Each Hub had one hub organizer, and one deputy; that group of people had a Slack channel that was private among leadership. Some people needed training since they never organized before, and it required moderation since many people came in with lots of energy but not necessarily organizing experience, and making everyone get along was a challenge. As time went on, many of the first-time organizers grew personally, so the organization became smoother as time went on.

Communication is conducted primarily through Slack; outreach was mostly done through Facebook. As the movement matured, outreach shifted towards articles and journalistic media coverage as a driver of awareness, as well as Ebay Classifieds and other classifieds listings.

Maker VS. Virus Slack Statistics


Slack Channel Members


Slack Channels


Hub-specific channels for local coordination

Data Management

The Maker Vs Virus Hub map at scale. Hundreds of hubs were coordinating nation-wide.
Image: Maker VS. Virus, Germany

Maker vs. Virus keeps track of the various hubs throughout Germany, and keeps a loose data reporting structure through a spreadsheet on how much PPE is being created from their various hubs; reporting isn’t enforced much though, so the data is somewhat incomplete, and only tracks within the network.

This spreadsheet was built primarily to get a picture of daily production capability at the peak of the crisis, but didn’t last very long since it took a lot of manual work to keep collecting information from makers – so it served more as a momentary snapshot rather than a long-scale tracking effort.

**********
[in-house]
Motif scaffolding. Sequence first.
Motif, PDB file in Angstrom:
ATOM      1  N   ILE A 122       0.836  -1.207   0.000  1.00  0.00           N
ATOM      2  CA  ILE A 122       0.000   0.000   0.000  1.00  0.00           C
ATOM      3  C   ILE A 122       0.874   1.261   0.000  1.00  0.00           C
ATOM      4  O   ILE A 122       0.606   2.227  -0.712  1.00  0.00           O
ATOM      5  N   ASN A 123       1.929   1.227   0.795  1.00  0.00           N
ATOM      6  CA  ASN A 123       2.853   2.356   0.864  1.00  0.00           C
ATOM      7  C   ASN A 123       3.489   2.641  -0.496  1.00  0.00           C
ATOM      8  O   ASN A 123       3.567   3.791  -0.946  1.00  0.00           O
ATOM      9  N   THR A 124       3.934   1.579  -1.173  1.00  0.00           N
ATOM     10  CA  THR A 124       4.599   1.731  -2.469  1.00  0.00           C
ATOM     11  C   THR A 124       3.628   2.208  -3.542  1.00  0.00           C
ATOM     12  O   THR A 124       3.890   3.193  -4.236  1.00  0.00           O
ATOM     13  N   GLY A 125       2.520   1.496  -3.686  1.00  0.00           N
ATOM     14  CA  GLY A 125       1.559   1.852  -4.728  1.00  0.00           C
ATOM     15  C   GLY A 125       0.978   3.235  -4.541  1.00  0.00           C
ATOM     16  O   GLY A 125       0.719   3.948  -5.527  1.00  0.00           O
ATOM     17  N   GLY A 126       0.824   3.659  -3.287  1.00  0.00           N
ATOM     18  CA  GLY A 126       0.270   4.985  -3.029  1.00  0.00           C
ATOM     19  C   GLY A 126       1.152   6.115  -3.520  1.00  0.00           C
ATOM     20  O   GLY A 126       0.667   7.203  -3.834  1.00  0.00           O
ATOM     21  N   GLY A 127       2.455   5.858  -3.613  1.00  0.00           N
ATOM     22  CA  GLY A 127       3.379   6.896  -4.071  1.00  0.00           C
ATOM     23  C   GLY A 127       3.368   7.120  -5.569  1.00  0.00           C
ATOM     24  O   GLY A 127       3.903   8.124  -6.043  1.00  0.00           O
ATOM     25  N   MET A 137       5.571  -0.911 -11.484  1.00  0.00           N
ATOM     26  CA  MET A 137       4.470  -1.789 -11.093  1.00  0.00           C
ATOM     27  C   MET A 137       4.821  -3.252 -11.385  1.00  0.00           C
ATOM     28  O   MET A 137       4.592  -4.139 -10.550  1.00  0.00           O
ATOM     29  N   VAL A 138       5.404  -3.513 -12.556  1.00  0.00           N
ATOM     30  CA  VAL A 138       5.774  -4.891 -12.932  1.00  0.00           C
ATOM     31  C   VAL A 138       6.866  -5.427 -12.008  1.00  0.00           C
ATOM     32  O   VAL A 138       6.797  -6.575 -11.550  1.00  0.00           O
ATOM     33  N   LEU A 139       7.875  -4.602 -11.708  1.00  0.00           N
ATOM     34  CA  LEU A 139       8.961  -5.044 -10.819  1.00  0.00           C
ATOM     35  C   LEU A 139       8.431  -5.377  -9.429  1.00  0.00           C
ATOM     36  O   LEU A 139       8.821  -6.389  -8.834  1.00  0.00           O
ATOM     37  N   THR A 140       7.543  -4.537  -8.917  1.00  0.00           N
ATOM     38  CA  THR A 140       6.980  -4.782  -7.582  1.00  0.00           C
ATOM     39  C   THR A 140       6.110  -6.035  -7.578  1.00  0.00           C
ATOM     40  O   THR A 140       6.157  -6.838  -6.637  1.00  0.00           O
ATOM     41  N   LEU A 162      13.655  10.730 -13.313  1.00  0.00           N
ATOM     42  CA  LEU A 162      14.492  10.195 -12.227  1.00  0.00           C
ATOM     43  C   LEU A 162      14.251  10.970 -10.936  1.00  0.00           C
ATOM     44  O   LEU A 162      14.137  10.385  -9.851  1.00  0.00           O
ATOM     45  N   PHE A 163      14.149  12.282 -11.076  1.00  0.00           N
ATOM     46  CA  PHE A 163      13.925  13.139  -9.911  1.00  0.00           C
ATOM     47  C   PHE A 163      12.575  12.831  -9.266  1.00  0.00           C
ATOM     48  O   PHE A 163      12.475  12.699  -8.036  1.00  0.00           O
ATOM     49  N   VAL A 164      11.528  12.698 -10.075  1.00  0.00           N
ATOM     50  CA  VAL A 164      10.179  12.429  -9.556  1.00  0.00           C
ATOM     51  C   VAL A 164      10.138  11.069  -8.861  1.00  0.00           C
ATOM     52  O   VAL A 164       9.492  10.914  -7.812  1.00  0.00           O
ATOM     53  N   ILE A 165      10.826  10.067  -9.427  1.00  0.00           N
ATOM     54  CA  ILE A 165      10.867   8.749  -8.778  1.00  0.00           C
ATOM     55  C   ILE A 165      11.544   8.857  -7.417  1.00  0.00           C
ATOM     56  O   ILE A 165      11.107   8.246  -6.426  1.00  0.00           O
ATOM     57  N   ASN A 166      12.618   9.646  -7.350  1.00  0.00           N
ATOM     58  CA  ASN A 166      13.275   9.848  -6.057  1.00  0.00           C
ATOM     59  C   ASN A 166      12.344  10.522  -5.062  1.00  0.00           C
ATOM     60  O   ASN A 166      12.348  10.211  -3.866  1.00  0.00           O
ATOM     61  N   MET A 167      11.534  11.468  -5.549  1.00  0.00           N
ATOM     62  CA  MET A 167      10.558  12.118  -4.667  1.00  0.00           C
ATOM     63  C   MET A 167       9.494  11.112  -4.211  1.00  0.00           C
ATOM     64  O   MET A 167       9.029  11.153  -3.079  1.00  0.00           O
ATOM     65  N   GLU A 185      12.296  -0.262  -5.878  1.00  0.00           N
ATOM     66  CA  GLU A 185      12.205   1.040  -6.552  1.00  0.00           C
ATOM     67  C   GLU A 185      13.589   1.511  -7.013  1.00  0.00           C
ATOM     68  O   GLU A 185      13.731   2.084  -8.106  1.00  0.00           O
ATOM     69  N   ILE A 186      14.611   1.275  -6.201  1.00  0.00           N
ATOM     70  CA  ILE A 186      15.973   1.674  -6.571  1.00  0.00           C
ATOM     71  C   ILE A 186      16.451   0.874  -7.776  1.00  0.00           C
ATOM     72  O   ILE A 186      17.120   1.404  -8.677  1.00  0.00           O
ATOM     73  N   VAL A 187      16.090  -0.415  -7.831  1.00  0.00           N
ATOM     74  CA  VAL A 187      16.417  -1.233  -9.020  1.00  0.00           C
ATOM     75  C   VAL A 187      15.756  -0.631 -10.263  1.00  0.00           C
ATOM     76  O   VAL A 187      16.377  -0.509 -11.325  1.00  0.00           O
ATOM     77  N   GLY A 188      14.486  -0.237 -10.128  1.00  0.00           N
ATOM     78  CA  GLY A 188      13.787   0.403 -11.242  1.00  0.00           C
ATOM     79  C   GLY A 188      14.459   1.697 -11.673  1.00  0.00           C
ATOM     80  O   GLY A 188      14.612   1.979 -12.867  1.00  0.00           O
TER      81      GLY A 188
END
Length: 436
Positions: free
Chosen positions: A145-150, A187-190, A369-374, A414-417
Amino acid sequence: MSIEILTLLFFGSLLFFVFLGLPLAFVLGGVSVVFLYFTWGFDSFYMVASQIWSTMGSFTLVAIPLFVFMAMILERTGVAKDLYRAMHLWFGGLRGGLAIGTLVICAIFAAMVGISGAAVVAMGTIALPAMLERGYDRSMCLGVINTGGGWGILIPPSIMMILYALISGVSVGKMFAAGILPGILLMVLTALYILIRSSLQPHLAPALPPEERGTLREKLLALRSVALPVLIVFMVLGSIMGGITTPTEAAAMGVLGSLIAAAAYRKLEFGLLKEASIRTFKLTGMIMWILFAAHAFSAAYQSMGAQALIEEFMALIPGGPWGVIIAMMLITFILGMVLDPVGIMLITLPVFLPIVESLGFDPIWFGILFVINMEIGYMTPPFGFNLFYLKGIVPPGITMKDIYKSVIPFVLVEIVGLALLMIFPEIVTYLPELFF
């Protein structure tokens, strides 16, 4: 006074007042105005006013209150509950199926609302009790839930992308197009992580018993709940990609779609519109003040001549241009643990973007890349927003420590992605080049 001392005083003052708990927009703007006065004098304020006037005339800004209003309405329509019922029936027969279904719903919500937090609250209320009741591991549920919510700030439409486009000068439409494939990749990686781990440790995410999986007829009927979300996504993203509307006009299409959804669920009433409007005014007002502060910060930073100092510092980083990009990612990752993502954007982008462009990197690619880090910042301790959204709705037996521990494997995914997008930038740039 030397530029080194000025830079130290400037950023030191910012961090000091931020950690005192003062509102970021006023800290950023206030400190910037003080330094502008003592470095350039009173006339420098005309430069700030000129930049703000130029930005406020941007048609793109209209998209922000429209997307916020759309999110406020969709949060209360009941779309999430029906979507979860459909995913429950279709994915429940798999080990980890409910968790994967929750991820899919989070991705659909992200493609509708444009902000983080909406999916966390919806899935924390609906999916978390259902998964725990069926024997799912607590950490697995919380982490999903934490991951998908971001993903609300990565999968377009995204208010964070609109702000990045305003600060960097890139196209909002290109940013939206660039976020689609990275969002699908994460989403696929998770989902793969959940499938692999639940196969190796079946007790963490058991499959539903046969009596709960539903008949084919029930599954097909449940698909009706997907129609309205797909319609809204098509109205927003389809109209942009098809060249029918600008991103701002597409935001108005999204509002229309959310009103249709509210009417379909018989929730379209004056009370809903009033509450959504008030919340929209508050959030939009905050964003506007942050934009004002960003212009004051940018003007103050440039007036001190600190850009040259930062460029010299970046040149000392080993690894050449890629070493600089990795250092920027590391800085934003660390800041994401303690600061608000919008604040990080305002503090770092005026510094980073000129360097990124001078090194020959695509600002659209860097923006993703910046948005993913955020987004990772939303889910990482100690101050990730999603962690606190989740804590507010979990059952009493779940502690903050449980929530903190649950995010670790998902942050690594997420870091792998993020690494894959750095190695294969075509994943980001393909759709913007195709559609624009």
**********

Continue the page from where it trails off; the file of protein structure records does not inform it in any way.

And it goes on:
There is a map that highlights the various hubs throughout Germany, however they do not provide the amount of PPE created within each hub. Other, smaller organizations such as Vechta Gegen Corona do keep rough track of data regarding the cumulative amount of equipment being produced within their organization.

Politics & Enablers

For the most part the national government has been relatively unresponsive in terms of aiding the maker movement. One of the makers, Anke Domscheit-Berg, a member of parliament, has noted that the national and even local governments have been relatively unresponsive in terms of their assistance in funds and supplies. In some municipalities and governments though,  local authorities have provided financial support or help with organisation and distribution of the PPE.

Public transit authorities and other local infrastructure organizations reached out with requests, and collaboration with makers was common. The Maker VS Virus organization also coordinated with German injection molding companies to help them choose the right designs.


For support, the movement has found a lot of allies in industry that have put up a large amount of money in order to participate in creating PPE. In many cases the typical German “Mittelstand” (Medium Sized Companies) have been relatively quick to support with production like visor foil and injection-molded headpieces. Additionally, the movement has received funding from organizations like the German Red Cross which helped establish supply lines.

Most of the money that is received by the national organization Maker vs Virus is through private donations from individuals and companies. Donations to Maker vs. Virus were all routed through the non-profit Verbund Offener Werkstaetten which go towards the various workshops creating PPE within the network to purchase supplies and aiding transportation. The Verbund provided a non-profit fiscal sponsorship structure to Maker VS Virus, which allowed immediate donation abilities; founding their own NGO would have delayed the organization too much. 

Links / Press

Read Further Case Studies